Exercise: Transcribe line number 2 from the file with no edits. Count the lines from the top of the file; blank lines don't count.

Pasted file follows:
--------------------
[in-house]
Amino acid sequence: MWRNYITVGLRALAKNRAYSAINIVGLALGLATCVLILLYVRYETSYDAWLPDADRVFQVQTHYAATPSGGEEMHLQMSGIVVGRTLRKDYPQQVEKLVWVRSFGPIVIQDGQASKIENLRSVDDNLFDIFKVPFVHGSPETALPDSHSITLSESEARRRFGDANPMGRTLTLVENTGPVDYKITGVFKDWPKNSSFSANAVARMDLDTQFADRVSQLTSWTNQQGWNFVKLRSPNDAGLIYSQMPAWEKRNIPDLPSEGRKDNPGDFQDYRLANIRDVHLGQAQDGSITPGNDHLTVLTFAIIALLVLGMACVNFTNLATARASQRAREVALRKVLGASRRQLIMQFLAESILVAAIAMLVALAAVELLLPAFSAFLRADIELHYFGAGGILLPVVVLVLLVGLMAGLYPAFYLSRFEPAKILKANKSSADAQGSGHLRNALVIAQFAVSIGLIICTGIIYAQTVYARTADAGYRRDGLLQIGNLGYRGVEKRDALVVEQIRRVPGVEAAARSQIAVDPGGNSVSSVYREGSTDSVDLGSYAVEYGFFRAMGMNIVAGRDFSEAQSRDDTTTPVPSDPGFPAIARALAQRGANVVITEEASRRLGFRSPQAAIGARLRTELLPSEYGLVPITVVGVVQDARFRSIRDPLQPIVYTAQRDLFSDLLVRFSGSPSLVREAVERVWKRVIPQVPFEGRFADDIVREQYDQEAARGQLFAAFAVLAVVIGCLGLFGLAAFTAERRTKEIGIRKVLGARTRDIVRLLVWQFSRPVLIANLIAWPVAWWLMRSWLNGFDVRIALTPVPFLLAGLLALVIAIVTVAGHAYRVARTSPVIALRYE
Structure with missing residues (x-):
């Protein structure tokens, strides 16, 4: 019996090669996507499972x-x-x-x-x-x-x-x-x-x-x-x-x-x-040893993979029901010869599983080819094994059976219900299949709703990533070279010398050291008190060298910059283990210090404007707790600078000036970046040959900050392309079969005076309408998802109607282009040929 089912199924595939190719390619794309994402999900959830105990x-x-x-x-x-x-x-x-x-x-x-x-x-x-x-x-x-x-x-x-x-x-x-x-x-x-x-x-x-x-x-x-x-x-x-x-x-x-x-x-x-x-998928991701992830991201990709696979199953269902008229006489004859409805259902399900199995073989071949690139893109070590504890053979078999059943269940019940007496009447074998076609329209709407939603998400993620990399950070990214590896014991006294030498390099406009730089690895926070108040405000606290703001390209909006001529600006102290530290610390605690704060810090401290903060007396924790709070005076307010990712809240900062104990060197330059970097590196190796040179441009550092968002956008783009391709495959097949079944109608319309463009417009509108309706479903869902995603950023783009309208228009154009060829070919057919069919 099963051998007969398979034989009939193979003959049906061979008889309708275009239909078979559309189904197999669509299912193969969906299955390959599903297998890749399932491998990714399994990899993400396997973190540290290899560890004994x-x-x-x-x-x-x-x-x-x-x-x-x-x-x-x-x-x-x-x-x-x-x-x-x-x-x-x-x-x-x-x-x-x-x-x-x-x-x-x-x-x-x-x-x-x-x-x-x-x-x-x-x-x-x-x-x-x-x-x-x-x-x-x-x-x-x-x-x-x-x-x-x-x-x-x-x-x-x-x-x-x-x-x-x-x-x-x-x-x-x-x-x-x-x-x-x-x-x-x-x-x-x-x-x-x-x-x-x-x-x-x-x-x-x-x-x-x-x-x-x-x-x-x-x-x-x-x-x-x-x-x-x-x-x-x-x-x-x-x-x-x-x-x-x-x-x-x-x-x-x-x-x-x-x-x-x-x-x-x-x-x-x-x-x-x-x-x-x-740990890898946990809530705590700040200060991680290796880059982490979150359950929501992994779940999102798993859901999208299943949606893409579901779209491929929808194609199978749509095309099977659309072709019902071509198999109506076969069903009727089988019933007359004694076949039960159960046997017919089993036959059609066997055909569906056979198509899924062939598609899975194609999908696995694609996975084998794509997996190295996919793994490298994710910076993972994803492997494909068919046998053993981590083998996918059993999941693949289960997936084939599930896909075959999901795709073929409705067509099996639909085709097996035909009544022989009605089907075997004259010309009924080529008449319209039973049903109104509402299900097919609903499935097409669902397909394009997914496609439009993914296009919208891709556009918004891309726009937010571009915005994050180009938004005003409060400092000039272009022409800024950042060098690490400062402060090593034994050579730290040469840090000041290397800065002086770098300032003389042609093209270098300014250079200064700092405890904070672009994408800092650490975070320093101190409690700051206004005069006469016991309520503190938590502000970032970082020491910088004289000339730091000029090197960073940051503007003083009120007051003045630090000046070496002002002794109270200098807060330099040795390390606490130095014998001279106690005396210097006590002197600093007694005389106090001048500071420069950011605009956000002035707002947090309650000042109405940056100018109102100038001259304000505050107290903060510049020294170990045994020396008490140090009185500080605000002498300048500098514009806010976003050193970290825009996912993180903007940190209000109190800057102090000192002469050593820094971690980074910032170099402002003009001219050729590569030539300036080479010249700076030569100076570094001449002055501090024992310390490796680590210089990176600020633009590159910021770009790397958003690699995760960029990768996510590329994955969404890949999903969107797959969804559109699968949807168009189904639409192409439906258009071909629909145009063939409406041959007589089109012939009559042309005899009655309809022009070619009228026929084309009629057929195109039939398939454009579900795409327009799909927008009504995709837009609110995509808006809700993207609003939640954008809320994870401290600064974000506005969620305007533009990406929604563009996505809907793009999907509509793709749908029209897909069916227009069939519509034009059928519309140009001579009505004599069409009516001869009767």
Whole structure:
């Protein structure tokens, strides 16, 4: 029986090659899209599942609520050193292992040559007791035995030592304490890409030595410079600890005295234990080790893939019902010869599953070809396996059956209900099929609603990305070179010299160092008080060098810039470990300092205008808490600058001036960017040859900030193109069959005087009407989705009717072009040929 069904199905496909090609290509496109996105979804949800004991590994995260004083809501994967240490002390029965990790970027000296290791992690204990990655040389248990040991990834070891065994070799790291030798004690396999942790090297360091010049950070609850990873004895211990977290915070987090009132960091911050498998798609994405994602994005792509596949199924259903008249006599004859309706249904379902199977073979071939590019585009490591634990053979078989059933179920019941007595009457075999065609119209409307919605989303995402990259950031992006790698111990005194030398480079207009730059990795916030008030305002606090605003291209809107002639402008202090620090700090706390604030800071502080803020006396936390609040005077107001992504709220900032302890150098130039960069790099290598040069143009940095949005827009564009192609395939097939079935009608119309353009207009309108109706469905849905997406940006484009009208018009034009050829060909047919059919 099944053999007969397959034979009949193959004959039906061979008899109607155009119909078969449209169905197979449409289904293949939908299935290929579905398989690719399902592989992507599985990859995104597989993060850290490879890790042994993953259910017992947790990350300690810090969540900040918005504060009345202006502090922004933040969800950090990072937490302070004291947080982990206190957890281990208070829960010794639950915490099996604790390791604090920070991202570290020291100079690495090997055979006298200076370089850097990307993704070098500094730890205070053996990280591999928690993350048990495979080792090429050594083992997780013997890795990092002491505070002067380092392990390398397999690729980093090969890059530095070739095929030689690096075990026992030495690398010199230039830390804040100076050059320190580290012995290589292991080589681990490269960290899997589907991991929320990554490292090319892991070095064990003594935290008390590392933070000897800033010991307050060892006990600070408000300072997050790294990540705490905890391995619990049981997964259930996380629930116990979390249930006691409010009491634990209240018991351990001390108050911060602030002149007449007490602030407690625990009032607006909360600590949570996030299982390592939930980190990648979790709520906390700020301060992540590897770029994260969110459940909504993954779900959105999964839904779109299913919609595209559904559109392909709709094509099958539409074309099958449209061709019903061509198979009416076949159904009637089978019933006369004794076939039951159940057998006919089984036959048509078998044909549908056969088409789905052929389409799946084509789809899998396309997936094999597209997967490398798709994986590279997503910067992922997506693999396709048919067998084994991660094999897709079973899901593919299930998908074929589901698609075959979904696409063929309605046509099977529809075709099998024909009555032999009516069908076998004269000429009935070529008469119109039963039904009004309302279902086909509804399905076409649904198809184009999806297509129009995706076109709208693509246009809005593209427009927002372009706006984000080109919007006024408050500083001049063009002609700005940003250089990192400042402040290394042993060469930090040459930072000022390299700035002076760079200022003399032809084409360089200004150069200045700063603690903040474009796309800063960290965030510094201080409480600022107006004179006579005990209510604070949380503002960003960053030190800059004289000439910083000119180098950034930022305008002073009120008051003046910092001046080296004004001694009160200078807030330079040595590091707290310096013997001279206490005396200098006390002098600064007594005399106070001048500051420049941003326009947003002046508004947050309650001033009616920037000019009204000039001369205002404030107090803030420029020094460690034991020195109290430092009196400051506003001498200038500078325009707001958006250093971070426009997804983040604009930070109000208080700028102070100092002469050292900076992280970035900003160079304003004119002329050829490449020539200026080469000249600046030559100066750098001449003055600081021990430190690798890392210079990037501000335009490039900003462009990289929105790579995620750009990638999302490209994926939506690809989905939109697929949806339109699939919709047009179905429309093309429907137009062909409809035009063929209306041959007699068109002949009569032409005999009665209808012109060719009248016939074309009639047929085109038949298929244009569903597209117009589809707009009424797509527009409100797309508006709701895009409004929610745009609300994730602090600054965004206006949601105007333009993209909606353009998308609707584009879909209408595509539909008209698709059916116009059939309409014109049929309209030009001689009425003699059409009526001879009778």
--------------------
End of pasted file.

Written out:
Amino acid sequence: MWRNYITVGLRALAKNRAYSAINIVGLALGLATCVLILLYVRYETSYDAWLPDADRVFQVQTHYAATPSGGEEMHLQMSGIVVGRTLRKDYPQQVEKLVWVRSFGPIVIQDGQASKIENLRSVDDNLFDIFKVPFVHGSPETALPDSHSITLSESEARRRFGDANPMGRTLTLVENTGPVDYKITGVFKDWPKNSSFSANAVARMDLDTQFADRVSQLTSWTNQQGWNFVKLRSPNDAGLIYSQMPAWEKRNIPDLPSEGRKDNPGDFQDYRLANIRDVHLGQAQDGSITPGNDHLTVLTFAIIALLVLGMACVNFTNLATARASQRAREVALRKVLGASRRQLIMQFLAESILVAAIAMLVALAAVELLLPAFSAFLRADIELHYFGAGGILLPVVVLVLLVGLMAGLYPAFYLSRFEPAKILKANKSSADAQGSGHLRNALVIAQFAVSIGLIICTGIIYAQTVYARTADAGYRRDGLLQIGNLGYRGVEKRDALVVEQIRRVPGVEAAARSQIAVDPGGNSVSSVYREGSTDSVDLGSYAVEYGFFRAMGMNIVAGRDFSEAQSRDDTTTPVPSDPGFPAIARALAQRGANVVITEEASRRLGFRSPQAAIGARLRTELLPSEYGLVPITVVGVVQDARFRSIRDPLQPIVYTAQRDLFSDLLVRFSGSPSLVREAVERVWKRVIPQVPFEGRFADDIVREQYDQEAARGQLFAAFAVLAVVIGCLGLFGLAAFTAERRTKEIGIRKVLGARTRDIVRLLVWQFSRPVLIANLIAWPVAWWLMRSWLNGFDVRIALTPVPFLLAGLLALVIAIVTVAGHAYRVARTSPVIALRYE